Release: March 2, 2018
Director: Eli Roth
Screenplay: John Carnahan, based on Death Wish by Brian Garfield
Starring: Bruce Willis as Paul Kersey, Vincent D’Onofrio as Frank Kersey, Camila Morrone as Jordan Kersey, Dean Norris as Detective Kevin Raines, and Kimberly Elise as Detective Leonore Jackson
Reviews Potentially Contain Spoilers. You Have Been Warned.
Paul Kersey is a wealthy, mild-mannered surgeon living in suburban Chicago with wife Lucy and daughter Jordan. One night, while Paul is working, three masked men break into his home. In the ensuing robbery, Lucy is killed and Jordan violently assaulted and left in a coma. After a visit with detective Kevin Raines leaves Paul frustrated at the pace of the investigation, he decides to a bit dabbling in vigilantism. After an unarmed and unsuccessful first night, he goes to procure a gun. After finding the local firearms shop to be rather heavily surveilled and the process of legally procuring a gun too bureaucratic and tracked, Paul has a stroke of luck at the hospital. An injured gangbanger is brought into the trauma ward and a Glock falls off of his corpse unnoticed by the other doctors. Paul prevents a carjacking, and a video of the event goes viral, turning him into something of an anonymous celebrity dubbed “the grim reaper.” The next day, an injured man is brought into the hospital wearing Paul’s watch. Paul pilfers the man’s cell phone and uses it to obtain his first lead. One by one, he picks through the men responsible for his wife’s death, executing them in various grizzly ways.
Death Wish is a slick, over the top, modernized remake of the 1974 Michael Winner film that famously starred Charles Bronson as architect turned vigilante Paul Kersey. Of course, it hits many of the same beats as the original, but injects copious amounts of Eli Roth’s signature over the top gore. One particularly gruesome scene comes to mind where one of Kersey’s marks gets struck on the head by a bowling ball, stumbles forward and gets accidentally shot through the roof of the mouth. In another stand out sequence, a man is crushed with a car in what ends up resembling a very visceral take on the age old meeting of boot and ketchup packet.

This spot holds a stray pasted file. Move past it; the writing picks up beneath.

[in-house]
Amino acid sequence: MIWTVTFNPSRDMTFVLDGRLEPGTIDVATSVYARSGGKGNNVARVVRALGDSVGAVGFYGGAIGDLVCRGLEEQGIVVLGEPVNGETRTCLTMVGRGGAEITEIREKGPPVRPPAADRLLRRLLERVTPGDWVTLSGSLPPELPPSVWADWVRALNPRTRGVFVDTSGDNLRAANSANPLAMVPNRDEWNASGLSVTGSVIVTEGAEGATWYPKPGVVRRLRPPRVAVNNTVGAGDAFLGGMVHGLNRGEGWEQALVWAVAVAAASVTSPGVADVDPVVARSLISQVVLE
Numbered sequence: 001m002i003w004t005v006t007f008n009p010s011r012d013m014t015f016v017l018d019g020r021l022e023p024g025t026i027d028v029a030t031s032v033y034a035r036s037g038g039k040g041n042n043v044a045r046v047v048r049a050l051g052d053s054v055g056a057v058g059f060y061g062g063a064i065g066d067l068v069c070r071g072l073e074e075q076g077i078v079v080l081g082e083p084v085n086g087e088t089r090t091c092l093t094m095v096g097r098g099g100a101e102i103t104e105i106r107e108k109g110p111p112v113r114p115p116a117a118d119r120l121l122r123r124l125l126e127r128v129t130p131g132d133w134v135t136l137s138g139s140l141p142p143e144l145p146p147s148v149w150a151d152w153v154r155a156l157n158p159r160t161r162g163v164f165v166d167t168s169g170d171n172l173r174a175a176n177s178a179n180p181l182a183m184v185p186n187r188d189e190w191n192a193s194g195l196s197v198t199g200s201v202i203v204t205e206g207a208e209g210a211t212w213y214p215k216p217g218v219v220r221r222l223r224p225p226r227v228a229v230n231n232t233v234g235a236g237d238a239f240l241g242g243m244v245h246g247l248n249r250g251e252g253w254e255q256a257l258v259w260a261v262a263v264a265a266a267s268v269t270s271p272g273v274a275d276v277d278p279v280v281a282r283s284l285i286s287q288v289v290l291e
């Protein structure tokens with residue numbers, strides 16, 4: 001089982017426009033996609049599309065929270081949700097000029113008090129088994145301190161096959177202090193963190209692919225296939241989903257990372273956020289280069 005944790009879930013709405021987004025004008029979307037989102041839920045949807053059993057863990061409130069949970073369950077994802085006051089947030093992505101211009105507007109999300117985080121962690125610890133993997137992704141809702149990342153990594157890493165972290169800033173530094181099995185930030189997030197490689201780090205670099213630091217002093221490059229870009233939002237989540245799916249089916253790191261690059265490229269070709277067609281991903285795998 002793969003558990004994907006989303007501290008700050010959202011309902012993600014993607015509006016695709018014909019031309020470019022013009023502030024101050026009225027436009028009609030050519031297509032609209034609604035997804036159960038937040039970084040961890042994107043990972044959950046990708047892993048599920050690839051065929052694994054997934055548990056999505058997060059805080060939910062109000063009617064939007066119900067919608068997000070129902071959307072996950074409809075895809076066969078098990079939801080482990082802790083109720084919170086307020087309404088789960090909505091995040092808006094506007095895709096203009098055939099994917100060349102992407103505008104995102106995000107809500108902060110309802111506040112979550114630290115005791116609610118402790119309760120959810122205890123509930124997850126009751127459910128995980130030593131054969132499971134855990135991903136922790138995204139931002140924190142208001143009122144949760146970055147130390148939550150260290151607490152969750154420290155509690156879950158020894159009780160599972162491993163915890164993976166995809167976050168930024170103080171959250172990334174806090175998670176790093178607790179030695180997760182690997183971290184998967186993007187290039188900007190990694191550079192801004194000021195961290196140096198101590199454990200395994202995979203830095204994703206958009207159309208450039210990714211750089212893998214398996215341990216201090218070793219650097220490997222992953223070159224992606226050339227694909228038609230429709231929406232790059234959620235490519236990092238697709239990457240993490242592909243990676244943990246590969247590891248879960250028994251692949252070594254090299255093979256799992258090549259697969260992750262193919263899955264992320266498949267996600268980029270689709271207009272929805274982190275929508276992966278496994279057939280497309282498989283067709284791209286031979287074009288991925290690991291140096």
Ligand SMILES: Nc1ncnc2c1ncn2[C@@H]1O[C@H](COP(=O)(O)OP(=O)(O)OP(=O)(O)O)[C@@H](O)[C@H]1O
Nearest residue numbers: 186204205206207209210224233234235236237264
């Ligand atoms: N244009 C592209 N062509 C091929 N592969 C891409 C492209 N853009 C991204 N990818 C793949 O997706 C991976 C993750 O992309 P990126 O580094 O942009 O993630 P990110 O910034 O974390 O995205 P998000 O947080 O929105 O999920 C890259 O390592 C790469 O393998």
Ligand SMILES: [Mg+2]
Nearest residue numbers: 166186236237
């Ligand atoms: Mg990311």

The acting is serviceable. It’s a bit hammy at times, but it’s an exploitation film, so it works in the context. Bruce Willis makes a pretty good Paul Kersey. He’s not quite as charismatic as Bronson in the role, but he’s got the right look for an aging vigilante and he doesn’t look like he’s uncomfortable wielding a firearm like so many modern wannabe action stars. Dean Norris does well as Kevin Raines, the detective investigating Lucy’s murder and later also tracking Paul’s exploits as “the grim reaper.” By far the weakest link was Camila Morrone as the daughter Jordan. She veers between serviceable and downright irritating. Thankfully, her character spends most of the movie in a coma.
This movie was something of a small controversy. I read myriad articles decrying it as pro gun propaganda, racist, and alt right. I didn’t find it particularly pro-gun. I guess since it wasn’t explicitly anti-gun, it constitutes being an NRA recruitment film in the mind of the petty, joyless virtue signaler. Death Wish was no more pro gun than a movie like John Wick or any other vigilante flick. Also, what racism? It’s set in Chicago, which I guess is a “dog whistle” to the right kind of person, but I didn’t see Willis’ character spend any time in a Klan hood terrorizing the Southside from the back of bed sheet clad horse or cavorting with members of the National Socialist White People’s Party. There was no scene where our intrepid hero secluded himself in a basement typing random people’s names in triple parentheses. So, what alt-right? I suppose in the modern age, where every movie has to be weighted down with Whedon speak, villains aren’t allowed to display any malice, and heroes aren’t allowed to show any real measure of a spine, a movie like Death Wish will just be offensive to some.
If you found that Netflix adaptation of The Punisher wanting, you may enjoy Death Wish. If you’re a gorehound, you’ll probably enjoy Death Wish. Is it as good as the 74 original? No. However, Eli Roth’s Death Wish is a fun revenge story with copious amounts of well rendered gore.